May 7, 2020

New Title IX regulations change how colleges must respond to sexual misconduct complaints


New federal regulations announced Wednesday by the U.S. Department of Education change how colleges must respond to sexual assault and harassment complaints, giving more rights to accused students and lessening reporting mandates for employees, including coaches.

The new rules deliver on Education Secretary Betsy DeVos’ promise to bolster due process in Title IX sexual misconduct investigations, which have been protested by accused students, including college athletes, as being unfair and biased toward alleged victims.

The agency says in its 2,033-page document that these rules — unlike decades of prior federal guidelines — are legally binding on K-12 and postsecondary institutions. The rules go into effect Aug. 14.

The new regulations give colleges and universities discretion in deciding whether coaches and other employees, such as staff and faculty, must report allegations to the Title IX office, stating that this is “respecting the autonomy of students” who might not want their information shared or to initiate a formal investigation. All employees are required to report such allegations at K-12 schools, where the students are minors, and all schools must investigate and adjudicate when a formal complaint is filed.

Previously, college coaches were generally considered to be mandatory reporters, meaning they had an obligation to report any allegations of sexual assault or harassment to the school’s Title IX director or equivalent authority. Reports of coaches and assistant coaches failing to do so have been referenced in several federal Title IX lawsuits against universities and complaints to the U.S. Department of Education Office for Civil Rights.

The new rules state that a school must respond if its Title IX coordinator or any official with “authority to institute corrective measures” on behalf of the school (which can vary depending on the school’s structure) is given notice of an allegation.

The rules also give schools discretion in choosing which standard of proof is required to find a student responsible for a violation, allowing them to use either the clear and convincing standard or the preponderance of the evidence standard. The latter — often defined as 51% of the evidence favoring a finding of fault — was the threshold under the prior guidance.

The new regulations provide for live hearings and allow for cross-examinations, which was a proposal often condemned by survivors and victim advocacy groups.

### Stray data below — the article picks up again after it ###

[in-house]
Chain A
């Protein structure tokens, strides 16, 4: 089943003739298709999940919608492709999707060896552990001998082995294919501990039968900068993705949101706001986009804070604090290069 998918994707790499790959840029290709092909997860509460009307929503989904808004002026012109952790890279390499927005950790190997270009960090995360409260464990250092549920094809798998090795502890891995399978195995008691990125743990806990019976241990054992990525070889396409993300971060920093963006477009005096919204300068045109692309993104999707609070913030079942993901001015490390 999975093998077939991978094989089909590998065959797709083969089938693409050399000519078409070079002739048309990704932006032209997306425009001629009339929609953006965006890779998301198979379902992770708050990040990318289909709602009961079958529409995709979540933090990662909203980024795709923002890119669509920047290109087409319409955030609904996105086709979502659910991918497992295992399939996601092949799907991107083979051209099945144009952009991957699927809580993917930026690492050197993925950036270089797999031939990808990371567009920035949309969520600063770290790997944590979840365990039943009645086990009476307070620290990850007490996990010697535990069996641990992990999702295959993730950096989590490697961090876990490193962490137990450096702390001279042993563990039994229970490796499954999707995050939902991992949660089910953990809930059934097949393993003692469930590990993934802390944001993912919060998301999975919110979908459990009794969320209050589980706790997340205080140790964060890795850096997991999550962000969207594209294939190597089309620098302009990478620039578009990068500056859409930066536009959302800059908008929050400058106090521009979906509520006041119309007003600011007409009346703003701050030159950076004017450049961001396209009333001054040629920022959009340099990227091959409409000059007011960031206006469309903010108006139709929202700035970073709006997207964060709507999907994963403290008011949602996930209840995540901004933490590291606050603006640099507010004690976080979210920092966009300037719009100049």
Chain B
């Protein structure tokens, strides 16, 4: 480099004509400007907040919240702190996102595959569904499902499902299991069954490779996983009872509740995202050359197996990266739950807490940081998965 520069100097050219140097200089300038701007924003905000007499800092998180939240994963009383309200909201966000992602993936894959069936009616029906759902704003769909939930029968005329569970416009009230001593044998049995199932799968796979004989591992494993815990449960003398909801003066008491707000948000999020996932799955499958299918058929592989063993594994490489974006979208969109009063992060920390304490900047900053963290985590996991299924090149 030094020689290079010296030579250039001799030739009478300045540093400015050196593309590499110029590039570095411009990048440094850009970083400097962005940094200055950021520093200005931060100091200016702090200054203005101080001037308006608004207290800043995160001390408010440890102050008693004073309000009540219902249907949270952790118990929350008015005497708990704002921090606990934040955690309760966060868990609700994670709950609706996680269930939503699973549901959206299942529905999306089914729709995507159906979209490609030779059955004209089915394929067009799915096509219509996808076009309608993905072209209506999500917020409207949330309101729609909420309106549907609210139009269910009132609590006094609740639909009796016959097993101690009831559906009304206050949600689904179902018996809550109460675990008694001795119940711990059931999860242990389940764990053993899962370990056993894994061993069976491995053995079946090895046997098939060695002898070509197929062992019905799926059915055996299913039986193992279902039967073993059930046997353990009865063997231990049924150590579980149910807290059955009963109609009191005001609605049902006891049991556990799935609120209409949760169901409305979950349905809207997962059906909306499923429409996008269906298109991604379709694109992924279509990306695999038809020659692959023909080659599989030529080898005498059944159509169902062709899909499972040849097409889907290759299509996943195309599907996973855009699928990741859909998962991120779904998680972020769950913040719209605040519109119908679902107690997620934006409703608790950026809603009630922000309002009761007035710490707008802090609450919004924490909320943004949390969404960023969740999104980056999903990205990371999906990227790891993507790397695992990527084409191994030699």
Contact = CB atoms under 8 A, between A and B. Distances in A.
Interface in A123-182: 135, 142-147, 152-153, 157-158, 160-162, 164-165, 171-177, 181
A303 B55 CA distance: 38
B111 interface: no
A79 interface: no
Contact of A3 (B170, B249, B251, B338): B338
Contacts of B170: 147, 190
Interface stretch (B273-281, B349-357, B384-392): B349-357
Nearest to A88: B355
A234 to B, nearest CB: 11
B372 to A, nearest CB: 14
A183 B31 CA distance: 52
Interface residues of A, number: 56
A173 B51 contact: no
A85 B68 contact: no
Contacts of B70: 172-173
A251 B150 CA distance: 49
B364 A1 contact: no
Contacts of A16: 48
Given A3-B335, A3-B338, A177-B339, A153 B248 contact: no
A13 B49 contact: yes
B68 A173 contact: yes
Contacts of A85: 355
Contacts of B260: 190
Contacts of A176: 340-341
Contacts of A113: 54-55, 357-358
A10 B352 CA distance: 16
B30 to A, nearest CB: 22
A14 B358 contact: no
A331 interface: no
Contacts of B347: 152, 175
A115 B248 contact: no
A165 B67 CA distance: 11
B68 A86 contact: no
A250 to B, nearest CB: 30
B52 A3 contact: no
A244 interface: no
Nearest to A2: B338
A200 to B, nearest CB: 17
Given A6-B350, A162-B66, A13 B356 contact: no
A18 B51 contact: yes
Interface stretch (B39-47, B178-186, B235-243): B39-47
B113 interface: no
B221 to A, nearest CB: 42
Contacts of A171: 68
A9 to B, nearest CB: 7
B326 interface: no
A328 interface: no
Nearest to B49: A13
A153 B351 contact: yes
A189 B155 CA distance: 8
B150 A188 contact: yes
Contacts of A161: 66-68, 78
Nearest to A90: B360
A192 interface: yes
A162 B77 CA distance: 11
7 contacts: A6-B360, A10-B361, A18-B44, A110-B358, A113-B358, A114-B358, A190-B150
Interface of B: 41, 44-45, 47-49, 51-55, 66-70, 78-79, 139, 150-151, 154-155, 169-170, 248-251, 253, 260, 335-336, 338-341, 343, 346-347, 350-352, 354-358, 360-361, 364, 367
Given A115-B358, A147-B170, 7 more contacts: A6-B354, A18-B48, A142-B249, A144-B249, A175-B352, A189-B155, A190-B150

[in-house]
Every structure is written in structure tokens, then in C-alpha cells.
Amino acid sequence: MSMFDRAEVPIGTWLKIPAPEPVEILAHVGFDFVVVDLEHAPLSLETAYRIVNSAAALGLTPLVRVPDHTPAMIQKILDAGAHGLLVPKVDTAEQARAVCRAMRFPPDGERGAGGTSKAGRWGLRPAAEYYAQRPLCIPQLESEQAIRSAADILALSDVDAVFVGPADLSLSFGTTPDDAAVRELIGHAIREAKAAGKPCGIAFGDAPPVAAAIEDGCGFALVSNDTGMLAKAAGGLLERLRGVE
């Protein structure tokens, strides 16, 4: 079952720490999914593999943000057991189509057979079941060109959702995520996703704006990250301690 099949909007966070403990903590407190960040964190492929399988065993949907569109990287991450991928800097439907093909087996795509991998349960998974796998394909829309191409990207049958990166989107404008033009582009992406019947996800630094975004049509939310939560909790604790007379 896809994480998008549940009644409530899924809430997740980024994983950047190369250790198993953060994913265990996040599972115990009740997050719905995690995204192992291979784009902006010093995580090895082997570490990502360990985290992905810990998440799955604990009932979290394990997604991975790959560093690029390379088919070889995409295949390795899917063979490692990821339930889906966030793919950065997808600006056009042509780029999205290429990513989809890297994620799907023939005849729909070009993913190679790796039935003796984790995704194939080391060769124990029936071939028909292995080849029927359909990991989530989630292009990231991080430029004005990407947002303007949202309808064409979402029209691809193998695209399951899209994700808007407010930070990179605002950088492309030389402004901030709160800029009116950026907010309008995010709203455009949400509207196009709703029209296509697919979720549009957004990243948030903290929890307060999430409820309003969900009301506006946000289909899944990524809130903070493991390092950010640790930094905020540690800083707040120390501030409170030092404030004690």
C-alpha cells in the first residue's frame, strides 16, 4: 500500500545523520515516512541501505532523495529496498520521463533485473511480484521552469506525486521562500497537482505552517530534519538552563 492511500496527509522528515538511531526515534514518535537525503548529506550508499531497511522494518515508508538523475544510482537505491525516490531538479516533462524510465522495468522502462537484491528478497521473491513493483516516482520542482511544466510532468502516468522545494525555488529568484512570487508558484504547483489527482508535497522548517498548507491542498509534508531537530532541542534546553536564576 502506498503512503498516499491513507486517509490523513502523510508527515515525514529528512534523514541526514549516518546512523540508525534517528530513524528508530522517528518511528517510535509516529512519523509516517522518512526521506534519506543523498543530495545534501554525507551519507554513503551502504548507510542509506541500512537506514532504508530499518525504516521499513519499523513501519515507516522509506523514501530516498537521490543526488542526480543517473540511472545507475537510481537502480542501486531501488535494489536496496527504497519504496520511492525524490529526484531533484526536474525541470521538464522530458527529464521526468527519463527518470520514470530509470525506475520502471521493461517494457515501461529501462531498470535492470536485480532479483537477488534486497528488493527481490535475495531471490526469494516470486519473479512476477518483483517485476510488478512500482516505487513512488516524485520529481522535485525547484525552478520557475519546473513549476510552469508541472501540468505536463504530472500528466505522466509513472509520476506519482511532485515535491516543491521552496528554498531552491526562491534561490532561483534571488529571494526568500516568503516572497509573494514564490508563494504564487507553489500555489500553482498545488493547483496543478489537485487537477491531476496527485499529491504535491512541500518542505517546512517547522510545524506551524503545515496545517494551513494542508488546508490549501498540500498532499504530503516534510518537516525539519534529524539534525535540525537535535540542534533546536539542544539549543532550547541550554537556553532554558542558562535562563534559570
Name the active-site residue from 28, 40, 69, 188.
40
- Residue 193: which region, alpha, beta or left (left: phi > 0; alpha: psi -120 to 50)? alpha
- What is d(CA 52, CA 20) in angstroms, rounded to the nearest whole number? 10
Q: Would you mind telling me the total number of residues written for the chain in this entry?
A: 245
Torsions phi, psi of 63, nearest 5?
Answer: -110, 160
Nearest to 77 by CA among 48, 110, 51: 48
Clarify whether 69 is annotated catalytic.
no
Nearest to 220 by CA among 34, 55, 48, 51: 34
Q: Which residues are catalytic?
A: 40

Another significant change is that schools are responsible for responding only to incidents alleged to have occurred on campus or in off-campus locations related to a university activity or controlled by the university or student organizations, such as sorority or fraternity houses. That does not include, for example, a sexual assault alleged to have occurred at an off-campus apartment.

Even with these new regulations, most colleges likely will continue to require coaches and others in the athletic department to report such information to Title IX officials, said W. Scott Lewis, co-founder of the Association of Title IX Administrators and a partner with TNG.

“The campuses will retain the responsible employee mandatory reporter standard that they have because that’s the better practice,” he said.

Coaches might also have obligations to other regulatory bodies with reporting rules, such as the NCAA and the U.S. Center for SafeSport, he added.

A 2014 NCAA resolution requires “athletics staff, coaches, administrators and student-athletes” to “report immediately any suspected sexual violence to appropriate campus offices for investigation and adjudication.” Last week, the NCAA announced that its board of governors had expanded the association’s sexual violence policy to require athletes to disclose whether their conduct resulted in an investigation, Title IX discipline or criminal conviction for “sexual, interpersonal or other acts of violence.” Schools must also take steps to exchange and confirm such information on potential recruits and transfer students, according to the policy.

The U.S. Department of Education document released Wednesday includes a reference to “clarify why coaches and athletic trainers were not designated in the proposed rules as responsible employees, when this poses a conflict” with the NCAA.

In response, the document states, the department believes that allowing universities to decide how employees — other than the Title IX coordinator and officials with authority — respond to notice of sexual harassment respects the autonomy of students to choose whether they want to tell an employee for the purpose of making a Title IX report or for another reason, such as “receiving emotional support without desiring to ‘officially’ report.”

“The department is not under an obligation to conform these final regulations with NCAA compliance guidelines and declines to do so,” the document states.

According to the regulations, any college or university “may give coaches and trainers authority to institute corrective measures” on behalf of the school and may continue to make coaches and athletic trainers responsible for reporting such information.


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